As we reported several days ago, leaders of Alternative for Germany (Alternative für Deutschland, AfD) walked out of an abortive meeting with Aiman Mazyek, the Secretary-General of the Central Council of Muslims in Germany (Zentralrat der Muslime in Deutschland, ZMD). Their departure was prompted by Mr. Mazyek’s refusal to withdraw his comparison of AfD with the Nazi regime.
In response, Beatrix von Storch of the AfD wrote an open letter to Aiman Mazyek. Many thanks to Nash Montana for this translation from Politically Incorrect:
Dear Mr. Mazyek,
Your insulting utterances about the AfD make it harder to have a personal dialogue. This is by far the biggest hurdle. The biggest threat to freedom, democracy and rule of law is, as of today, coming from political Islam. Therefore, something different is crucial: Your still unclear relationship with political Islam and sharia. After you were so courteous as to hand us a copy of said Constitution, on Constitution day, Monday May 23rd, I still have a few questions. These questions have a lot to do with our Constitution, and refer to the “Islamic Charter”, which the Council for Muslims has produced for themselves.
[Translator’s note: The “Islamic Charter” that von Storch mentions here is the “Constitution” that the Council for Muslims in Germans (ZMD) has provided for itself concerning the relationship between Muslims and society.]
|1.||Do you distance yourself without prejudice from the legislative aspects of Sharia?
Do you support an initiative for the ban of violations of human rights within the Sharia, in order to forbid organizations and individuals who are demanding the same?
|2.||Article 3 of your Islamic Charter says: Sunni and the Koran together form the foundation of Islamic belief, of Islamic Law, and of the Islamic way of life.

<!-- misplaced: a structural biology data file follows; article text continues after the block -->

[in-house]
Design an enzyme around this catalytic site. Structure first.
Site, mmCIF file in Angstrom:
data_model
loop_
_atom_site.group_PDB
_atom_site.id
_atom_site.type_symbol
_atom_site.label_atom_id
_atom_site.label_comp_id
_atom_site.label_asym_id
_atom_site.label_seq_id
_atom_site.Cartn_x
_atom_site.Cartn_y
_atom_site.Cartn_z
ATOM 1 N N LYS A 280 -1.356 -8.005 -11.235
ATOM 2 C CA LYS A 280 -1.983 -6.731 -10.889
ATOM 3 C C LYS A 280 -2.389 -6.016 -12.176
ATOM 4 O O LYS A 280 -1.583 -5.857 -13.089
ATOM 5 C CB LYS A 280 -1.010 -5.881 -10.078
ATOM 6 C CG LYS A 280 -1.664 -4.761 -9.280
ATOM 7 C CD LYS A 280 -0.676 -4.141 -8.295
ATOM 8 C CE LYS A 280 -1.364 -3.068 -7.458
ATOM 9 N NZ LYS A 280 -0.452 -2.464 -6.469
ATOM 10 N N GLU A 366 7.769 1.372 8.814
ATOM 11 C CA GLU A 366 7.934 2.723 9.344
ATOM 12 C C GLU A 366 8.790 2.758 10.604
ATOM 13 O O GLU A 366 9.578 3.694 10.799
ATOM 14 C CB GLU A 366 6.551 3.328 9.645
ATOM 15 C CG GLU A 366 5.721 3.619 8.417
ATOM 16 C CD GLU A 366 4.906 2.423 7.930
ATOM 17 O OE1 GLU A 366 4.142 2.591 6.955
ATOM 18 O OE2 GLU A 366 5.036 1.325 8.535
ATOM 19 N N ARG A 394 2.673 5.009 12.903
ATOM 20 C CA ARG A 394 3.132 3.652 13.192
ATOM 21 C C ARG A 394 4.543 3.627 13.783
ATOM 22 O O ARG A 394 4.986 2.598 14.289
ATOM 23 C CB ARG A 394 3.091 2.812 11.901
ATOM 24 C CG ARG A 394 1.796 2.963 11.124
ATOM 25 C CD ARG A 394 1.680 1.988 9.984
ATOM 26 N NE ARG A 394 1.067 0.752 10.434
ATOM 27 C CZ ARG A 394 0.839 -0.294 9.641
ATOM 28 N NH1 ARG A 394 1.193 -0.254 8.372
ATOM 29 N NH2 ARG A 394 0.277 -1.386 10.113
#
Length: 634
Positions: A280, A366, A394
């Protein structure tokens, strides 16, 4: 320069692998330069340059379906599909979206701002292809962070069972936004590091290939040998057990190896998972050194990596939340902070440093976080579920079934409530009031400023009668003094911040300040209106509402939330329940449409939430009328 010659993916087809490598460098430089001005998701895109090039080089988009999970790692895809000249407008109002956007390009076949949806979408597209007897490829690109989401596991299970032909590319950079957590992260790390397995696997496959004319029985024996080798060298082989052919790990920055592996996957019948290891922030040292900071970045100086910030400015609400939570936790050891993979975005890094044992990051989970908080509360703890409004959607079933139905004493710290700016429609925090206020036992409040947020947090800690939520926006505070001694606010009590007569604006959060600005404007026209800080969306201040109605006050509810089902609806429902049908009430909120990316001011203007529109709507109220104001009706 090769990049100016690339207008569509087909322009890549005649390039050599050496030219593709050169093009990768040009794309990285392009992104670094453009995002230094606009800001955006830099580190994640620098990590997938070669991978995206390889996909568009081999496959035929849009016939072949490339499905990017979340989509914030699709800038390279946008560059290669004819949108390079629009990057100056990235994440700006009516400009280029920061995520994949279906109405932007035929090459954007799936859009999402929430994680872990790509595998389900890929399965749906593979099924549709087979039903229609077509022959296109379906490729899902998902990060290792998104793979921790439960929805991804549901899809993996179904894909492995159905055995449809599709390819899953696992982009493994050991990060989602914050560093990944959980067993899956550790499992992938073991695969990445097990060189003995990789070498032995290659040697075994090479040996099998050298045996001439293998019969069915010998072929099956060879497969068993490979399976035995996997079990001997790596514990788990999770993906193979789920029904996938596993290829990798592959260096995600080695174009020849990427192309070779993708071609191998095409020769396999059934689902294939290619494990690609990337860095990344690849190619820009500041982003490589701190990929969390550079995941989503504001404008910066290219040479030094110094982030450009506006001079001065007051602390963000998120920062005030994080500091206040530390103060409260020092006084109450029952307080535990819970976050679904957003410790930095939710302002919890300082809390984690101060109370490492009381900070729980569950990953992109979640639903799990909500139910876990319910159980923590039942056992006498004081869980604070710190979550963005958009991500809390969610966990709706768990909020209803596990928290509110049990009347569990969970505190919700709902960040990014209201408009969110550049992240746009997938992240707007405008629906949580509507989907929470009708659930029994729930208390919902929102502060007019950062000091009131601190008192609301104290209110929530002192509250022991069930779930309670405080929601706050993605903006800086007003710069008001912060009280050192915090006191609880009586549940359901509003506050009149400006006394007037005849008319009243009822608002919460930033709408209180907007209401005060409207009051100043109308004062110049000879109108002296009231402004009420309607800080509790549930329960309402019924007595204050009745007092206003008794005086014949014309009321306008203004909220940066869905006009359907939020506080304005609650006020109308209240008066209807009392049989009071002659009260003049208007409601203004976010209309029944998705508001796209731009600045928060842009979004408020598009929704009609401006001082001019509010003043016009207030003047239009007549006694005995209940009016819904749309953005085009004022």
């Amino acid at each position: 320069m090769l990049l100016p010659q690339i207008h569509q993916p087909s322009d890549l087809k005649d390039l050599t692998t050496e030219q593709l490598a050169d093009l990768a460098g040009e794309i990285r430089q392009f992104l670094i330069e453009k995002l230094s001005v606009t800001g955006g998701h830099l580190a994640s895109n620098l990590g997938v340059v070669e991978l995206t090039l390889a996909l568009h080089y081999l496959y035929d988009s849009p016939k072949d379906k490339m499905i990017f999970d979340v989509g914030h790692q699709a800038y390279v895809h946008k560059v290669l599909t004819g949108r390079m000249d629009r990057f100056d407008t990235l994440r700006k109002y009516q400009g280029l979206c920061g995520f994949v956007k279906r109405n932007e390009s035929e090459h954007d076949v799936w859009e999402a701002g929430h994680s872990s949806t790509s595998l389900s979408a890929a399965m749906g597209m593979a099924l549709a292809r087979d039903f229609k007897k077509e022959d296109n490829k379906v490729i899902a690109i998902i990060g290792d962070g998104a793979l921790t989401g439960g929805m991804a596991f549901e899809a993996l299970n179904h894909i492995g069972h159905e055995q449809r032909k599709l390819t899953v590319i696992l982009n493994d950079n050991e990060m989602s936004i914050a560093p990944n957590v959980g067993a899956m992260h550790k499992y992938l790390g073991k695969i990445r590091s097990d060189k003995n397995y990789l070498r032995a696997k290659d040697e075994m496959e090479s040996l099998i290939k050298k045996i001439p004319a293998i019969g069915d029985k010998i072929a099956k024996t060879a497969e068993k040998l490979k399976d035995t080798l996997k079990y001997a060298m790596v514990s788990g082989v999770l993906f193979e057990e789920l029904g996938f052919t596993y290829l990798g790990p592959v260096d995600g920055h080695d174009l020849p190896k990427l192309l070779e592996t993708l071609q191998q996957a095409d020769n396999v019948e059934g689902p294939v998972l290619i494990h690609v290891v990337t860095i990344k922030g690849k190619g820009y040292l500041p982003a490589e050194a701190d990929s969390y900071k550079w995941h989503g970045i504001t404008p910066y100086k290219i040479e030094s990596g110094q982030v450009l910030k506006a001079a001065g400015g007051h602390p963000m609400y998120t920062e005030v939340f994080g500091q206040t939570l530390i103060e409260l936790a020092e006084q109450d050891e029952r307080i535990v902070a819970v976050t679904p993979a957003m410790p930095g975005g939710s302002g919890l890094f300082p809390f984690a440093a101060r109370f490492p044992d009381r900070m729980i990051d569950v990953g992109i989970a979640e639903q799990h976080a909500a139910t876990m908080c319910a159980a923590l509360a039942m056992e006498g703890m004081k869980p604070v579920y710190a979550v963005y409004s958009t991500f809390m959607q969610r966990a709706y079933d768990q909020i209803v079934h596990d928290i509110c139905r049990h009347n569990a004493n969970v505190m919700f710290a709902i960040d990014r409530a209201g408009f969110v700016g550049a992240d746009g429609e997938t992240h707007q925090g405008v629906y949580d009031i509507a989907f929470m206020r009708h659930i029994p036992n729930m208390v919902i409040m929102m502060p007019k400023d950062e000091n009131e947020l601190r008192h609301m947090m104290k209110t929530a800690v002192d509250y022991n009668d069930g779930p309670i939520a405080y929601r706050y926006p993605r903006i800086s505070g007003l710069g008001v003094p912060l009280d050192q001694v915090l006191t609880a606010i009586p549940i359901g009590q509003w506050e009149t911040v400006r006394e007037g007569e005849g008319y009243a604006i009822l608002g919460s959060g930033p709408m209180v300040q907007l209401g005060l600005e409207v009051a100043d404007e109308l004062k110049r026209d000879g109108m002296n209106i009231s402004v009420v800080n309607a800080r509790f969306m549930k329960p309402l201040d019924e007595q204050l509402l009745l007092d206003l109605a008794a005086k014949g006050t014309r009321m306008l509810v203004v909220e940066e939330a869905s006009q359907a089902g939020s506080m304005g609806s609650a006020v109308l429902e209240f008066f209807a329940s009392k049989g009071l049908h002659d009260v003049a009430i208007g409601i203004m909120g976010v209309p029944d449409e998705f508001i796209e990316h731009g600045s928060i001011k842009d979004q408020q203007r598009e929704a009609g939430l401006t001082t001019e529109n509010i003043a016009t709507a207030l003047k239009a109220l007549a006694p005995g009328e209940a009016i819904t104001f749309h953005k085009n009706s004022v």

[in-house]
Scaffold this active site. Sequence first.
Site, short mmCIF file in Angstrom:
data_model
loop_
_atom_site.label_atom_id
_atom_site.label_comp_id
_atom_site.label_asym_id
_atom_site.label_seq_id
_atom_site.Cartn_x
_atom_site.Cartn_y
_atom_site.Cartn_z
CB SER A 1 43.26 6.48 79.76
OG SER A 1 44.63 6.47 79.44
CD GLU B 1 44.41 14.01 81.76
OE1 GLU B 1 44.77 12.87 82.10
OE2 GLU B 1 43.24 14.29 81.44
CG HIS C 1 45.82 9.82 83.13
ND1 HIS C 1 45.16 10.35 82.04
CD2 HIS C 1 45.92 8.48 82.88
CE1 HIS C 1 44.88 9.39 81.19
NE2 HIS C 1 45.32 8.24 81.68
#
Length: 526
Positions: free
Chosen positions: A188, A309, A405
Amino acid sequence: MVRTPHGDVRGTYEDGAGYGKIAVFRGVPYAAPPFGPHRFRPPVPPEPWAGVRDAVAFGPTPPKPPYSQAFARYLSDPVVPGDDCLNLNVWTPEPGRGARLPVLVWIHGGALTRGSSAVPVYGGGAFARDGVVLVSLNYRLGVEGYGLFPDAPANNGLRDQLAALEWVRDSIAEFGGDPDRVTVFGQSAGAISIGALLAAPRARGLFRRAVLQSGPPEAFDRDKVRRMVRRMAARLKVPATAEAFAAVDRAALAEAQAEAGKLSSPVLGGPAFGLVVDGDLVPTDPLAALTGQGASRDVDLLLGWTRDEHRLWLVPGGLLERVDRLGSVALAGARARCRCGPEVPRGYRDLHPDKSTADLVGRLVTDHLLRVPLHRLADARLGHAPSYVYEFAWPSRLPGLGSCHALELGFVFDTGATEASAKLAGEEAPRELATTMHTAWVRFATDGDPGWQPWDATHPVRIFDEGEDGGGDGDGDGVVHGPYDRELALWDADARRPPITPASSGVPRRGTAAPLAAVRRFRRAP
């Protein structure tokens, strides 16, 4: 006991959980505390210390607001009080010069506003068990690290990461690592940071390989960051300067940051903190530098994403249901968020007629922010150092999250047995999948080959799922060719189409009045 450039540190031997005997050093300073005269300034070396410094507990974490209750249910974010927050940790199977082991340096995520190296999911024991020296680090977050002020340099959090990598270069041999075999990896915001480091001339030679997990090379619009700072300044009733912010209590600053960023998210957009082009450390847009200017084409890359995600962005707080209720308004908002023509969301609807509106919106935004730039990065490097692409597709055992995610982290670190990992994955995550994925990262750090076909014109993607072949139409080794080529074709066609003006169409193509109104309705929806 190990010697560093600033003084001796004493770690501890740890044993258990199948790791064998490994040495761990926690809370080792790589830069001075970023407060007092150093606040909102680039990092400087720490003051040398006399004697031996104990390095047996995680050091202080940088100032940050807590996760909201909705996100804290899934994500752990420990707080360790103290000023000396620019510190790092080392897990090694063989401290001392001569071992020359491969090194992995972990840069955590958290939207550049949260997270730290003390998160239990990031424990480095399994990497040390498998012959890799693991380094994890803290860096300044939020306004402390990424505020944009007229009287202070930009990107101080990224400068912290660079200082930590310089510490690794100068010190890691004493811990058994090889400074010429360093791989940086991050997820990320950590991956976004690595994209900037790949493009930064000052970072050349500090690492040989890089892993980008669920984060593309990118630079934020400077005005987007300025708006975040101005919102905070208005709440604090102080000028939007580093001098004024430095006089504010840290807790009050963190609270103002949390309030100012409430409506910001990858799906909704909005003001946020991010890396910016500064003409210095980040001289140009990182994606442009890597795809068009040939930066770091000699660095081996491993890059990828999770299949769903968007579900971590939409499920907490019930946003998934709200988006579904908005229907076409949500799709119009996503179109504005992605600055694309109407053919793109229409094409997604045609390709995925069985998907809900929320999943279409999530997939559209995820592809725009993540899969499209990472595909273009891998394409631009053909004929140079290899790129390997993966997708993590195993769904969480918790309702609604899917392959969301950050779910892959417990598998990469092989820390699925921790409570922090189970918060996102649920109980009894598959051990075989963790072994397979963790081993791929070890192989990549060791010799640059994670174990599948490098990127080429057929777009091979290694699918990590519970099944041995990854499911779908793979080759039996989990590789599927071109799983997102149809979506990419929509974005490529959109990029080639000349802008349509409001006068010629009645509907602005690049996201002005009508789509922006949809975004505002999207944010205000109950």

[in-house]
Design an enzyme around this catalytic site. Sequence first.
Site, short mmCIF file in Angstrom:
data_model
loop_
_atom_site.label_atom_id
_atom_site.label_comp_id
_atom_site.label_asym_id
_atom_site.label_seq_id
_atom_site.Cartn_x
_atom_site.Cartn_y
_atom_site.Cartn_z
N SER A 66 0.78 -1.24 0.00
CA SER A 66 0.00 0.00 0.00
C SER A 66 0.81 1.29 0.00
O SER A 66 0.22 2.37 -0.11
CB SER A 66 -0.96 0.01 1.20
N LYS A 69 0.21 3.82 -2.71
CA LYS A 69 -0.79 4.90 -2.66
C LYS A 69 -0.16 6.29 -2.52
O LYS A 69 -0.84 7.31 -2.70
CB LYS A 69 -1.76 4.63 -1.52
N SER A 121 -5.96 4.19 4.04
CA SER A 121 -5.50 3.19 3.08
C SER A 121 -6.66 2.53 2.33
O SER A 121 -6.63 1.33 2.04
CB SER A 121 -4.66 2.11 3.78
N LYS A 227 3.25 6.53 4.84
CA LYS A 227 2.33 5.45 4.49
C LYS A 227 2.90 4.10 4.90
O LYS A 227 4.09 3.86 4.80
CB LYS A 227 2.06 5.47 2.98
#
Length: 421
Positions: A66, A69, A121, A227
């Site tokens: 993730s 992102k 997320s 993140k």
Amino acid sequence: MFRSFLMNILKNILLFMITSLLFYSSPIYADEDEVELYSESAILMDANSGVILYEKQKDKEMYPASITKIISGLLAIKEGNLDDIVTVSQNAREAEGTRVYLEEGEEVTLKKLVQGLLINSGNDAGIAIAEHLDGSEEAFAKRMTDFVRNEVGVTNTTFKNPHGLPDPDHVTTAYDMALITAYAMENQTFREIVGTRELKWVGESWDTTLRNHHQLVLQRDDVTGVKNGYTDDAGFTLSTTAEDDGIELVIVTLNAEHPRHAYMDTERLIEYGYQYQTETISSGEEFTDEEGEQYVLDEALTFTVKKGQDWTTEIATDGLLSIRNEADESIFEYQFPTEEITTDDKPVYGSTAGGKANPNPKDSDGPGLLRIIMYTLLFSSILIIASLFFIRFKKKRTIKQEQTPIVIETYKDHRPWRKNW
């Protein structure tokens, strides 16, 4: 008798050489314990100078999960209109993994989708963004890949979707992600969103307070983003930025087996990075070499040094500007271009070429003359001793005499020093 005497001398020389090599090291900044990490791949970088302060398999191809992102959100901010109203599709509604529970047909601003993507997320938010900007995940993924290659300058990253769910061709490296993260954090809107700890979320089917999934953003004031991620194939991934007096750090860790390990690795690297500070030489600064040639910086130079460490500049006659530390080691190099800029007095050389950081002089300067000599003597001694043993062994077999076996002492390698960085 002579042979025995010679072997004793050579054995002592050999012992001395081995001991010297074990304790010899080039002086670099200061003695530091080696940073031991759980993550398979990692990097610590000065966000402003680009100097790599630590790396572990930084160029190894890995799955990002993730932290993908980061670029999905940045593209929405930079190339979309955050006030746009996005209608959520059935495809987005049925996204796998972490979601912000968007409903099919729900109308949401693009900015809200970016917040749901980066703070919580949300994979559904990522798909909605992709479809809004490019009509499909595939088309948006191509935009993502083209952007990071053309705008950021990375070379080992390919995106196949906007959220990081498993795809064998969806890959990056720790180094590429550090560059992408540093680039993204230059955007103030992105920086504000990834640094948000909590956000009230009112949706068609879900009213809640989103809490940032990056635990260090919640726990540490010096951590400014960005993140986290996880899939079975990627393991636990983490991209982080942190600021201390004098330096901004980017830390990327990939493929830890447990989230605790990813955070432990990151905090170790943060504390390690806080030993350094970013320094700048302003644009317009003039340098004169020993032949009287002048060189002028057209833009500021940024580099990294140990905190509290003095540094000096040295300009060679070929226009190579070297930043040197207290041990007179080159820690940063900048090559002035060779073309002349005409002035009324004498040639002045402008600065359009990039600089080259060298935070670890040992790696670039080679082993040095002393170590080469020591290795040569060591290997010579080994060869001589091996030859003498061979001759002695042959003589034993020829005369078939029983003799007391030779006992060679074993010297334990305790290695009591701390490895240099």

Given that parts of Islamic Law and the Islamic way of life contradict our Constitution and Rule of Law, will you respect our judicial system without any prejudice and unconditionally as the higher-ranking authority, and will you forgo the enforcement of your own religious judicial requirements?
|3.||In Article 8 of your Charter it says, “Wherever they are, Muslims are required to call for solidarity with their brothers and sisters in the whole world.” You therefore restrict your worldwide solidarity solely towards your Muslim brothers and sisters of the faith.
So you are not in solidarity with Christians, Jews, and non-believers even if it were possible for you?
|4.||In Article 10 of your Islamic Charter, it says that “Islamic law binds Muslims in the diaspora to basically hold themselves to local rule of law. In this sense, visa issuance, residency permits and naturalization are therefore contracts, that have to be adhered to by the Muslim minority.”
Islamic law binds Muslims to hold themselves to local rule of law. Does that mean that the law for Muslims is therefore not indefinite, but only and as long and as far as Islamic law tells them to?
This obligation is specifically for Muslims “in the diaspora” Does that mean: only as long as Muslims are a minority, obedience to this law is required, and after that they don’t feel they have to abide by our Constitution anymore?
You feel “basically” bound to the local rule of law. That means, your abidance of the law is not unrestricted. Which exceptions from abiding by our Constitution do you notify us of?
You mention three laws: visa issuance, residency permits and naturalization. What about all the other laws?